On the first full week of each month this season, I’m going to rank the top 10 NBA players at each position based on how I expect them to perform in the coming month. If a player is injured and is expected to miss most of the month, then they probably won’t make the list regardless of his value when healthy. I’ll rank the point guards on Monday, the shooting guards on Tuesday … you get the picture. Your feedback is welcome, even if you want to tell me how incredibly, irredeemably clueless I am.
There are two new entries on this month’s list, with Raymond Felton falling off because he got too shot-happy (and they stopped falling) and Andre Miller’s age has started to catch up with him so he’s not a particularly good defender anymore.
10. (New entry) D.J. Augustin, Charlotte Bobcats — 2010-11 stats: 50 GP, 34.3 MPG, 14.9 PPG, 6.3 APG, 3.0 RPG, 0.7 SPG, 0.0 BPG, .435 FG%, .377 3P%, .902 FT%, 17.2 PER
Not that many of you have likely noticed, but D.J. Augustin is one of the most improved players in the league this season, particularly since Paul Silas took over as Bobcats coach in December. I never thought he could be a top-10 NBA point guard — and it’s obviously debatable whether he is — but the fact that it’s even debatable shows how far he’s come.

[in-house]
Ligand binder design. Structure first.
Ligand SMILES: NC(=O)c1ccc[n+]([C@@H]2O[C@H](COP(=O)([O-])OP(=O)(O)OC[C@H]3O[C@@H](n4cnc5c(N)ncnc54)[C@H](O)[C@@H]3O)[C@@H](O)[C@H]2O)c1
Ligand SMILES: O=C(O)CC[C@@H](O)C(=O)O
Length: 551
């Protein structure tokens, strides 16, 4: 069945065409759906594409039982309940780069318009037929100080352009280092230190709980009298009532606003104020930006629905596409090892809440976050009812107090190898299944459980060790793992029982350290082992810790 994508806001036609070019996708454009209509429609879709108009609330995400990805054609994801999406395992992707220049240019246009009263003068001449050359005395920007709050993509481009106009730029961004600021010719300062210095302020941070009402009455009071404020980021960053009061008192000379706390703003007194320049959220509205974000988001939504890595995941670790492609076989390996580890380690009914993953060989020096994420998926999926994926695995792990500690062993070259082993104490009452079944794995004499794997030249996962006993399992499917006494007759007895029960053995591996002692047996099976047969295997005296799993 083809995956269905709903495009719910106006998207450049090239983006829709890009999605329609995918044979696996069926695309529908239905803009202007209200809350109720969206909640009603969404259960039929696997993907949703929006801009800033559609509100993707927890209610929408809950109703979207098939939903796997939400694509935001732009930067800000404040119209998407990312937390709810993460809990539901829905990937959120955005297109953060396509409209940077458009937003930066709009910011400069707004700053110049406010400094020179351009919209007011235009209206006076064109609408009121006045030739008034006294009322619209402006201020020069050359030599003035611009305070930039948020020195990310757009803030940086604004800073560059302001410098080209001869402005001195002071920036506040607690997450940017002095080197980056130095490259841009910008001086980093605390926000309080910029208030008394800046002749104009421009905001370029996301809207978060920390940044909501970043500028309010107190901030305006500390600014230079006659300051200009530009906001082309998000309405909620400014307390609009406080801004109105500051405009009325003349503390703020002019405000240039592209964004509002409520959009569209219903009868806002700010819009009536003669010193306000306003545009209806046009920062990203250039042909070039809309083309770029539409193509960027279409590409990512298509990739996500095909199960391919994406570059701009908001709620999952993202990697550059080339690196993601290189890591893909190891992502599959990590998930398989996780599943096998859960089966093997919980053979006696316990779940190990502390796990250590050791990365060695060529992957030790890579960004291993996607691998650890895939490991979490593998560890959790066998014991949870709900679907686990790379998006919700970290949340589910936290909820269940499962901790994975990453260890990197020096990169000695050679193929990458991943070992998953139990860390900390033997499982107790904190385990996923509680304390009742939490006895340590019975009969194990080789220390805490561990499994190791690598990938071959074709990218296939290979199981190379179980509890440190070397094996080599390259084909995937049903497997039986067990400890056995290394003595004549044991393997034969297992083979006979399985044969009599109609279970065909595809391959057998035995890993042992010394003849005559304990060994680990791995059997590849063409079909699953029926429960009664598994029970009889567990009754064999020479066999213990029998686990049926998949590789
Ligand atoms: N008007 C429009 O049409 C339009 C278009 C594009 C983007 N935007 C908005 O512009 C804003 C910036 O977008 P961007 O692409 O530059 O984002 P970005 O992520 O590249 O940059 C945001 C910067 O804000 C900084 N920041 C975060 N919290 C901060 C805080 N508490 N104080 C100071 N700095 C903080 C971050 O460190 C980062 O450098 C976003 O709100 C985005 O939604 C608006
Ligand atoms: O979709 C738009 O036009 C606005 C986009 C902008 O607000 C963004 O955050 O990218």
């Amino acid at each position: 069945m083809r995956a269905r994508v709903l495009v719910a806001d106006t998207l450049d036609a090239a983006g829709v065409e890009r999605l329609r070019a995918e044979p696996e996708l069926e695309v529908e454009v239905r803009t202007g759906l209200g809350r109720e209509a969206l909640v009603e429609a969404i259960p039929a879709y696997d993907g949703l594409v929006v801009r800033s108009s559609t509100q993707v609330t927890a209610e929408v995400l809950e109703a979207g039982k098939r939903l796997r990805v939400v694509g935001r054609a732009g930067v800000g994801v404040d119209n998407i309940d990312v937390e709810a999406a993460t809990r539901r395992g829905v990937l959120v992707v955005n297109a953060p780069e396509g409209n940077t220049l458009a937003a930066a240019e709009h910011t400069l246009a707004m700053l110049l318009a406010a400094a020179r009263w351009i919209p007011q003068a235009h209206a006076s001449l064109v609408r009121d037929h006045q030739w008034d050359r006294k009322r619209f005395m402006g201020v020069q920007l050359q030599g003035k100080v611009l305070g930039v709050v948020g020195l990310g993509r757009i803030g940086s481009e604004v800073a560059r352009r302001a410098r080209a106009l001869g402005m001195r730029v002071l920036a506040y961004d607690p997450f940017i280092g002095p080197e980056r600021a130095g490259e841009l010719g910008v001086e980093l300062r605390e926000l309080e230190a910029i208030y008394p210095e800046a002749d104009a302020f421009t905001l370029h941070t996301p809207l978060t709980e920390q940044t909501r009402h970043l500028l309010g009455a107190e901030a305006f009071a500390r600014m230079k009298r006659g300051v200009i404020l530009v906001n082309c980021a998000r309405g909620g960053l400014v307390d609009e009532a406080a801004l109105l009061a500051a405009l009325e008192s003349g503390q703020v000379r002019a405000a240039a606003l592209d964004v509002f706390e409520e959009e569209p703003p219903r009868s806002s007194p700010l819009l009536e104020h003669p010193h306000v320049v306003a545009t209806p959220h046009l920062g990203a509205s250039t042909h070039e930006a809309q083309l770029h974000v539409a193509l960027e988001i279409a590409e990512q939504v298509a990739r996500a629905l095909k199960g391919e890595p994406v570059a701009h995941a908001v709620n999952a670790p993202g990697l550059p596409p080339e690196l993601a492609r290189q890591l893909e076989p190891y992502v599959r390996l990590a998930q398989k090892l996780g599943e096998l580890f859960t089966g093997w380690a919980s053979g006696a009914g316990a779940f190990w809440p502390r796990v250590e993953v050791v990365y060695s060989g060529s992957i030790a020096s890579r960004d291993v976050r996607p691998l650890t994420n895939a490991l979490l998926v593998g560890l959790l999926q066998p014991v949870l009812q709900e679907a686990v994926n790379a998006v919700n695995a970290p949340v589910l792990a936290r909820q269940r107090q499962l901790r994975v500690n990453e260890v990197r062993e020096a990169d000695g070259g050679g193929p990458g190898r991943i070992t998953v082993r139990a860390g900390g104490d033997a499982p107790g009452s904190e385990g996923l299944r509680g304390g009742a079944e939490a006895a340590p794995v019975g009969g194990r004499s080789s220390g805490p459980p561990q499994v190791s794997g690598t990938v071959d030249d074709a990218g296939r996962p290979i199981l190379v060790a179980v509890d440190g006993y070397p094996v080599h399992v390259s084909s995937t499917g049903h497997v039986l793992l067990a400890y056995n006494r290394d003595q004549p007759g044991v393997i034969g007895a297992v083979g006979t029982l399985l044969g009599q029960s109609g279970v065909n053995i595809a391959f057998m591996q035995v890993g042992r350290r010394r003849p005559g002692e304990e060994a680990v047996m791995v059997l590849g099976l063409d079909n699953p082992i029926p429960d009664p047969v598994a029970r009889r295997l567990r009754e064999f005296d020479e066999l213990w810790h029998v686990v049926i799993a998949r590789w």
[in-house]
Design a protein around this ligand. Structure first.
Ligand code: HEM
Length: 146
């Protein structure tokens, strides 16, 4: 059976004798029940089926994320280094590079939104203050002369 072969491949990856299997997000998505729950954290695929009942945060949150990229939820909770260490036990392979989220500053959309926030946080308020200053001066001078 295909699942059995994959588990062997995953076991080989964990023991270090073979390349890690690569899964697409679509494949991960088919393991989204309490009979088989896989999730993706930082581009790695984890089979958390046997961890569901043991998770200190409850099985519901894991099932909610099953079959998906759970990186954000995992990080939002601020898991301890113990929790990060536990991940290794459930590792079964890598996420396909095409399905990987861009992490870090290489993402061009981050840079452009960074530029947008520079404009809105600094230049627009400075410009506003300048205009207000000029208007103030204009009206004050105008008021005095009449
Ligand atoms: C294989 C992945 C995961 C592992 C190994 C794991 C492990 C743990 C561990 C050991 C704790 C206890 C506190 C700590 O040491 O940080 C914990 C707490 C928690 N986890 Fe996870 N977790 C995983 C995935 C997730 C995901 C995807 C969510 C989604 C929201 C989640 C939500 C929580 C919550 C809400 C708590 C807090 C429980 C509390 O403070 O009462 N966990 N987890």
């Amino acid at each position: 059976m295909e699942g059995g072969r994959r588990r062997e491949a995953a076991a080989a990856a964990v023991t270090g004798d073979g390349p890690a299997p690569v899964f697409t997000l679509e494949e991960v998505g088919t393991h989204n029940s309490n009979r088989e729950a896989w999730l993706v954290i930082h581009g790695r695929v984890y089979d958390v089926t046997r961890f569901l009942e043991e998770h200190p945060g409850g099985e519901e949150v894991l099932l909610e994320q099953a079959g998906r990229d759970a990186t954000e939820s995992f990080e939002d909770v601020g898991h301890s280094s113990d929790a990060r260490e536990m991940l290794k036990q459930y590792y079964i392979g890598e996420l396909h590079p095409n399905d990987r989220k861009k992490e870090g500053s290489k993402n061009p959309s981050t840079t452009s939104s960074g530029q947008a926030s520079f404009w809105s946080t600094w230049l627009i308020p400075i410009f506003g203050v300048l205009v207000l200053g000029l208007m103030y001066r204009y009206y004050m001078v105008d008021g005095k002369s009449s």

9. (New entry) Stephen Curry, Golden State Warriors — 2010-11 stats: 41 GP, 34.0 MPG, 19.1 PPG, 6.0 APG, 3.7 RPG, 1.8 SPG, 0.3 BPG, .480 FG%, .424 3P%, .938 FT%, 20.5 PER
Warriors owner Joe Lacob talked about the possibility of trading Curry on a radio show a couple of weeks ago, but he’s since apologized to Curry and said he’ll be a Warrior “for a very long time”. Whether or not a Curry-Ellis backcourt can be a winning formula going forward is up for debate, but if the Warriors are going to build around one of them, I’d stick with Curry.
8. (9.) Chauncey Billups, Denver Nuggets — 2010-11 stats: 46 GP, 32.7 MPG, 16.5 PPG, 5.4 APG, 2.3 RPG, 1.0 SPG, 0.2 BPG, .432 FG%, .444 3P%, .919 FT%, 18.5 PER
Billups isn’t as much of a playmaker as he used to be — his assists per game average is its lowest since his 2002-03 season — but he’s even more of a killer than ever from long range. Check out his three-point shooting numbers from the last four Nuggets wins: six-for-nine against the T-Wolves, four-for-seven against the Blazers, three-for-six against the Cavs and six-for-nine against the Pistons. Chauncey’s clutch reputation has always been disproportionate to reality, but there’s no denying the man is a killer shot.